By Marcel Schwantes - Principal and founder, Leadership From the Core
Sir Richard Branson has modeled an unconventional leadership approach that has attracted a cult-like following, as evidenced by some of his best-sellers -- Like a Virgin: Secrets They Won't Teach You at Business School and, of course, Screw Business As Usual.
While his most valuable lessons are too numerous to list for one article, three really stand out for me (cited below). They have to do with understanding the human experience at work -- that there are certain traits people are innately wired to receive by their leaders in order to feel valued as workers and human beings.
Richard Branson understands that when his employees' needs are met on a human level, it ultimately impacts his businesses to a greater degree.
He should know. These are his principles for success, and they've obviously worked for him. According to Forbes, he is now worth over 5 billion US dollars.
1. Communicate with your ears.
How often we think of communication as "telling more," giving more directions, and sharing more of our point of view when all our most valued employees want is to be heard.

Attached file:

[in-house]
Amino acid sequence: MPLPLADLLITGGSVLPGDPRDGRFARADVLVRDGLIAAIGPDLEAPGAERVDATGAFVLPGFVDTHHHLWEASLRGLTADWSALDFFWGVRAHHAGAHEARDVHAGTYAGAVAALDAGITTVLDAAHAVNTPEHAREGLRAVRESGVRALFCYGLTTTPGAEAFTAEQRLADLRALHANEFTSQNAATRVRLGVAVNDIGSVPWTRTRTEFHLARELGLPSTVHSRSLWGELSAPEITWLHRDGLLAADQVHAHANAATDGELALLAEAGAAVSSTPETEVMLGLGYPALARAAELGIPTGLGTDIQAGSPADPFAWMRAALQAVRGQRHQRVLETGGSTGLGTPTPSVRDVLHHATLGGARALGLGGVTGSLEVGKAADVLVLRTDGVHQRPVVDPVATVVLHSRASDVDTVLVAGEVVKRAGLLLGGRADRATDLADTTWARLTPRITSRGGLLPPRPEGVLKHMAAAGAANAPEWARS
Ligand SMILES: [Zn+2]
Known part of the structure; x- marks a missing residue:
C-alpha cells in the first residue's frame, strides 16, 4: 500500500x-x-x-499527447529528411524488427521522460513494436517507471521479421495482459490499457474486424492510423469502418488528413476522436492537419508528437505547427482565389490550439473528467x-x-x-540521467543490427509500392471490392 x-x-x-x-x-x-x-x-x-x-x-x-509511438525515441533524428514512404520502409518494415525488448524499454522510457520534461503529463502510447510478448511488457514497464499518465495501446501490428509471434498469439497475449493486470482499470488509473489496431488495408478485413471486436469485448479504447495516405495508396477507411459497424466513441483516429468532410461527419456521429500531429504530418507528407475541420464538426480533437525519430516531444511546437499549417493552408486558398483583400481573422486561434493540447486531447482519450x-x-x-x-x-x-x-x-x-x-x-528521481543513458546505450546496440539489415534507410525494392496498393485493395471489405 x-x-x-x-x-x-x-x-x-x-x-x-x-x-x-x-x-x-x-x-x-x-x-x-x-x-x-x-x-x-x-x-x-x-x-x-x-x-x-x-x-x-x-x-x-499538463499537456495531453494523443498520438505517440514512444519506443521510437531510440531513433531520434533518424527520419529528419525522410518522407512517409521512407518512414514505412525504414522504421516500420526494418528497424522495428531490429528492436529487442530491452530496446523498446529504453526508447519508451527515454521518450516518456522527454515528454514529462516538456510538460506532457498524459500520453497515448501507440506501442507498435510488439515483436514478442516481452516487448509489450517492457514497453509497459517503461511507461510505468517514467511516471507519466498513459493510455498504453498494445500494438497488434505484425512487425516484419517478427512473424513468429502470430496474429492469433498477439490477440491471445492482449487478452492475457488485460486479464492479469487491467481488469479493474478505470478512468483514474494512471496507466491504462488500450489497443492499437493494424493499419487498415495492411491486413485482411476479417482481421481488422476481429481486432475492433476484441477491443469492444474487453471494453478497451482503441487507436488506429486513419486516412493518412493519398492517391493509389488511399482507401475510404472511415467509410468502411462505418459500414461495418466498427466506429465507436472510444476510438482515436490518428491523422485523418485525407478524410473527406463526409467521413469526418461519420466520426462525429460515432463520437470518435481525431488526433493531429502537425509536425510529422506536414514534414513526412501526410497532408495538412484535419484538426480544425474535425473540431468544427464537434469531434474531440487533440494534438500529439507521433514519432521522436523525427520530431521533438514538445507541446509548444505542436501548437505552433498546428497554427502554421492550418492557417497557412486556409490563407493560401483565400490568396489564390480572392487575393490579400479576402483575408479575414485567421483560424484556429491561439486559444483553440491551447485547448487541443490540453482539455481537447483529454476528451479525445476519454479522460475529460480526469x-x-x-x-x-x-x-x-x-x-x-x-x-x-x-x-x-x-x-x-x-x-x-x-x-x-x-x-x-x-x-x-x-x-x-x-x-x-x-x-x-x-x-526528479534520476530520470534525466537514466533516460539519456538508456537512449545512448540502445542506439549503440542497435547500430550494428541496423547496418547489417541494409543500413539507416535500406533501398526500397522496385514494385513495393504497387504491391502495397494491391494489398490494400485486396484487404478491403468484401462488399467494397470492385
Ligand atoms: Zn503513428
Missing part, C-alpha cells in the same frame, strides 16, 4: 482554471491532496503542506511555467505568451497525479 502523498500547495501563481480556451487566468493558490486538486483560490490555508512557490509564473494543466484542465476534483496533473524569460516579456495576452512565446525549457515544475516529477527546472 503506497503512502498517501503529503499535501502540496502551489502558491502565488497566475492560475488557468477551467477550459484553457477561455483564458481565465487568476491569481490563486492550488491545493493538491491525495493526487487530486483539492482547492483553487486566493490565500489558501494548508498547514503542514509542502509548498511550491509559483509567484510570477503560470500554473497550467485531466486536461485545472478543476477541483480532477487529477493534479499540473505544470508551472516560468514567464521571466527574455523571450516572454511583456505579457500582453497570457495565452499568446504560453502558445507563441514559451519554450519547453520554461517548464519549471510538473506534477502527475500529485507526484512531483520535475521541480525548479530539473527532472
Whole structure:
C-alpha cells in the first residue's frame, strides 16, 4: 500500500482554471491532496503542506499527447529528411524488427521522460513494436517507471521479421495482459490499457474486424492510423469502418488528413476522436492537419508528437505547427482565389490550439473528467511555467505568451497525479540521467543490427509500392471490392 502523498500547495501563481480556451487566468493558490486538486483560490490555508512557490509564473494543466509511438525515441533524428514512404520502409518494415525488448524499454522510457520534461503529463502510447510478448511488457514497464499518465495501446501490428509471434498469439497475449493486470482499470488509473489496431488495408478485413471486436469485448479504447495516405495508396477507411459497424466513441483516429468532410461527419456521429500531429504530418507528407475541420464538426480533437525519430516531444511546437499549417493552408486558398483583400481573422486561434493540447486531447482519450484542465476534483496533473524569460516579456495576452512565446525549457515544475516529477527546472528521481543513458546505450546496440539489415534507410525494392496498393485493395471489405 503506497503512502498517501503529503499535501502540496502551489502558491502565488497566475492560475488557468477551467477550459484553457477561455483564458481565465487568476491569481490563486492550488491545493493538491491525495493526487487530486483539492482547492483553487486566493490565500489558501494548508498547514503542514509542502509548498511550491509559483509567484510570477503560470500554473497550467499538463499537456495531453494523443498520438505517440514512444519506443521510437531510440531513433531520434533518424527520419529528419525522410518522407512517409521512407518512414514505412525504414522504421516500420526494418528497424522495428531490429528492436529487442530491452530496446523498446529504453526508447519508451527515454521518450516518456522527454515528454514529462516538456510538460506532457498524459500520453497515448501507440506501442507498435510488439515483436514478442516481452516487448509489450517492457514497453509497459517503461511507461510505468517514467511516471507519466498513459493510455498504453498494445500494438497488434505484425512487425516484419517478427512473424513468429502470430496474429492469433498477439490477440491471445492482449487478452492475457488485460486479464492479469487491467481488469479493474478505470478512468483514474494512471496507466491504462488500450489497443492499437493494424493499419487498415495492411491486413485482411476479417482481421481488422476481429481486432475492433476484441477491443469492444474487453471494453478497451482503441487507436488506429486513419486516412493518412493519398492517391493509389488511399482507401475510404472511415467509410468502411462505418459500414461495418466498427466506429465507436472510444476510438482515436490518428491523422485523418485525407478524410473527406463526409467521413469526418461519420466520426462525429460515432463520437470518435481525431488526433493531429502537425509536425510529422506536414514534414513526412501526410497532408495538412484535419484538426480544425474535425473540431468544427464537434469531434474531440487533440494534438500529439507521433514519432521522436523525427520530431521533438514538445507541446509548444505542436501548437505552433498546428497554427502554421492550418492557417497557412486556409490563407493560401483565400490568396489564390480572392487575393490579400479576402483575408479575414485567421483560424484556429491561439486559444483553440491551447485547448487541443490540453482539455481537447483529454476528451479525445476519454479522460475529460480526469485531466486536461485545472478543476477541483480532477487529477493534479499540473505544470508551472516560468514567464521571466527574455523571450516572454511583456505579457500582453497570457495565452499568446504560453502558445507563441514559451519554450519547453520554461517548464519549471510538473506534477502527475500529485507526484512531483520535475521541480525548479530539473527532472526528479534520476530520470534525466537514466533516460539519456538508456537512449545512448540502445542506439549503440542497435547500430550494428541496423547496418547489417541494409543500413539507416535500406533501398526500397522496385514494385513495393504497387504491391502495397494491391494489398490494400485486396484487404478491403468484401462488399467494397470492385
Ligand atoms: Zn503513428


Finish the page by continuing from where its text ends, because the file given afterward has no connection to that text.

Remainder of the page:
For Branson, the best of leaders instinctively understand that communication is a two-way street. Here's Branson:
2. Accept that failure is the foundation for success.
At Virgin, they encourage and even celebrate failure. There's an underlying theme there that, without trying something new and failing, it's virtually impossible to innovate and grow.
And Branson has certainly failed over the years. Remember Virgin Cola? Or even Virgin Brides (with Branson donning a wedding gown for publicity?) How about Virgin Pulse and Virgin Digital -- which couldn't stand up to Apple's iPod and iTunes? Branson has horrifically failed with the best of them.
Here's Branson on failing for success:
3. Put your employees first, even ahead of your customers.
Branson says, "If you take care of your employees, your employees will take care of your customers, and your customers will take care of your shareholders."
That's the culture Virgin has built over the years -- it starts and ends with having an employee-first mindset. If managers engage their employees, they'll become more loyal and produce better work, which leads to a better customer experience and, at the end of the road, more profits.
Here's what Branson said in an interview with Inc.'s editor in chief, Eric Schurenberg: